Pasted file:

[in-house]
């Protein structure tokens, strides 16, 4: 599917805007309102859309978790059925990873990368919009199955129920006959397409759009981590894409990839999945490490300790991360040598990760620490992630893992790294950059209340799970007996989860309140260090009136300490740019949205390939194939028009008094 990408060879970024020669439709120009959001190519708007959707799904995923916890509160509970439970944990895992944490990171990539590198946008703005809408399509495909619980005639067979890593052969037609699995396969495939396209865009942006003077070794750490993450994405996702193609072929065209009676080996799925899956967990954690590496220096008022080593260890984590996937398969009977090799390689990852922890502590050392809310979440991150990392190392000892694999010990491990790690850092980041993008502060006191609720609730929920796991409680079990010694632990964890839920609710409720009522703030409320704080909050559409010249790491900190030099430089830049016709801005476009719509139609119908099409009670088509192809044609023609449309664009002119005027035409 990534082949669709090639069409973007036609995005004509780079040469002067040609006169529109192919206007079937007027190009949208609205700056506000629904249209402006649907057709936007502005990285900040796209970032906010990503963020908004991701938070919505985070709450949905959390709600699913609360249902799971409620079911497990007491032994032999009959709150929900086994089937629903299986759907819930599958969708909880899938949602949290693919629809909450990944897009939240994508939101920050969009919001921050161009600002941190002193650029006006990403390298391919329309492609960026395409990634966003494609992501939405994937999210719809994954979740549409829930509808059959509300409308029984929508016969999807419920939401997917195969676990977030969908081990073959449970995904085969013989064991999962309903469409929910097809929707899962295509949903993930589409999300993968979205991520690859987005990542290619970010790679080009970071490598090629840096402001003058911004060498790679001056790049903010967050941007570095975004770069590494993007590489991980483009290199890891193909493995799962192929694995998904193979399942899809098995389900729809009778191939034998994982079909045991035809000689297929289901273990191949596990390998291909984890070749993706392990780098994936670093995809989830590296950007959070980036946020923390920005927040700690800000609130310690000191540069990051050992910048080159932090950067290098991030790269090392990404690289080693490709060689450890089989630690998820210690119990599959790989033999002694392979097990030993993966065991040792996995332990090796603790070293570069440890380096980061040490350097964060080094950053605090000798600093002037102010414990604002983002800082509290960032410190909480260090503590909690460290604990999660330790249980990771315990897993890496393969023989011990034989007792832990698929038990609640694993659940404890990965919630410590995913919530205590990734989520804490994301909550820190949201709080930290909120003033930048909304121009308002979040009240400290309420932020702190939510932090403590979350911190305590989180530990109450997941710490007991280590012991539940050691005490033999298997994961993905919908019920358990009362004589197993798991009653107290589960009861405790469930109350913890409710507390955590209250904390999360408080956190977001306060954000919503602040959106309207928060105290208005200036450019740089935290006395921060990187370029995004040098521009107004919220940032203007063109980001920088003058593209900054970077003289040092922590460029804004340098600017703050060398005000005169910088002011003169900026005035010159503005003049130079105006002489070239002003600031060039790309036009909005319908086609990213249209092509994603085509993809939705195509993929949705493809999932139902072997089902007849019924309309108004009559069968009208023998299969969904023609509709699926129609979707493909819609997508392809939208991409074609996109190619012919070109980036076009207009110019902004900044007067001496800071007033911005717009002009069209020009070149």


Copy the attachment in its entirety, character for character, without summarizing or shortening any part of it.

[in-house]
């Protein structure tokens, strides 16, 4: 599917805007309102859309978790059925990873990368919009199955129920006959397409759009981590894409990839999945490490300790991360040598990760620490992630893992790294950059209340799970007996989860309140260090009136300490740019949205390939194939028009008094 990408060879970024020669439709120009959001190519708007959707799904995923916890509160509970439970944990895992944490990171990539590198946008703005809408399509495909619980005639067979890593052969037609699995396969495939396209865009942006003077070794750490993450994405996702193609072929065209009676080996799925899956967990954690590496220096008022080593260890984590996937398969009977090799390689990852922890502590050392809310979440991150990392190392000892694999010990491990790690850092980041993008502060006191609720609730929920796991409680079990010694632990964890839920609710409720009522703030409320704080909050559409010249790491900190030099430089830049016709801005476009719509139609119908099409009670088509192809044609023609449309664009002119005027035409 990534082949669709090639069409973007036609995005004509780079040469002067040609006169529109192919206007079937007027190009949208609205700056506000629904249209402006649907057709936007502005990285900040796209970032906010990503963020908004991701938070919505985070709450949905959390709600699913609360249902799971409620079911497990007491032994032999009959709150929900086994089937629903299986759907819930599958969708909880899938949602949290693919629809909450990944897009939240994508939101920050969009919001921050161009600002941190002193650029006006990403390298391919329309492609960026395409990634966003494609992501939405994937999210719809994954979740549409829930509808059959509300409308029984929508016969999807419920939401997917195969676990977030969908081990073959449970995904085969013989064991999962309903469409929910097809929707899962295509949903993930589409999300993968979205991520690859987005990542290619970010790679080009970071490598090629840096402001003058911004060498790679001056790049903010967050941007570095975004770069590494993007590489991980483009290199890891193909493995799962192929694995998904193979399942899809098995389900729809009778191939034998994982079909045991035809000689297929289901273990191949596990390998291909984890070749993706392990780098994936670093995809989830590296950007959070980036946020923390920005927040700690800000609130310690000191540069990051050992910048080159932090950067290098991030790269090392990404690289080693490709060689450890089989630690998820210690119990599959790989033999002694392979097990030993993966065991040792996995332990090796603790070293570069440890380096980061040490350097964060080094950053605090000798600093002037102010414990604002983002800082509290960032410190909480260090503590909690460290604990999660330790249980990771315990897993890496393969023989011990034989007792832990698929038990609640694993659940404890990965919630410590995913919530205590990734989520804490994301909550820190949201709080930290909120003033930048909304121009308002979040009240400290309420932020702190939510932090403590979350911190305590989180530990109450997941710490007991280590012991539940050691005490033999298997994961993905919908019920358990009362004589197993798991009653107290589960009861405790469930109350913890409710507390955590209250904390999360408080956190977001306060954000919503602040959106309207928060105290208005200036450019740089935290006395921060990187370029995004040098521009107004919220940032203007063109980001920088003058593209900054970077003289040092922590460029804004340098600017703050060398005000005169910088002011003169900026005035010159503005003049130079105006002489070239002003600031060039790309036009909005319908086609990213249209092509994603085509993809939705195509993929949705493809999932139902072997089902007849019924309309108004009559069968009208023998299969969904023609509709699926129609979707493909819609997508392809939208991409074609996109190619012919070109980036076009207009110019902004900044007067001496800071007033911005717009002009069209020009070149």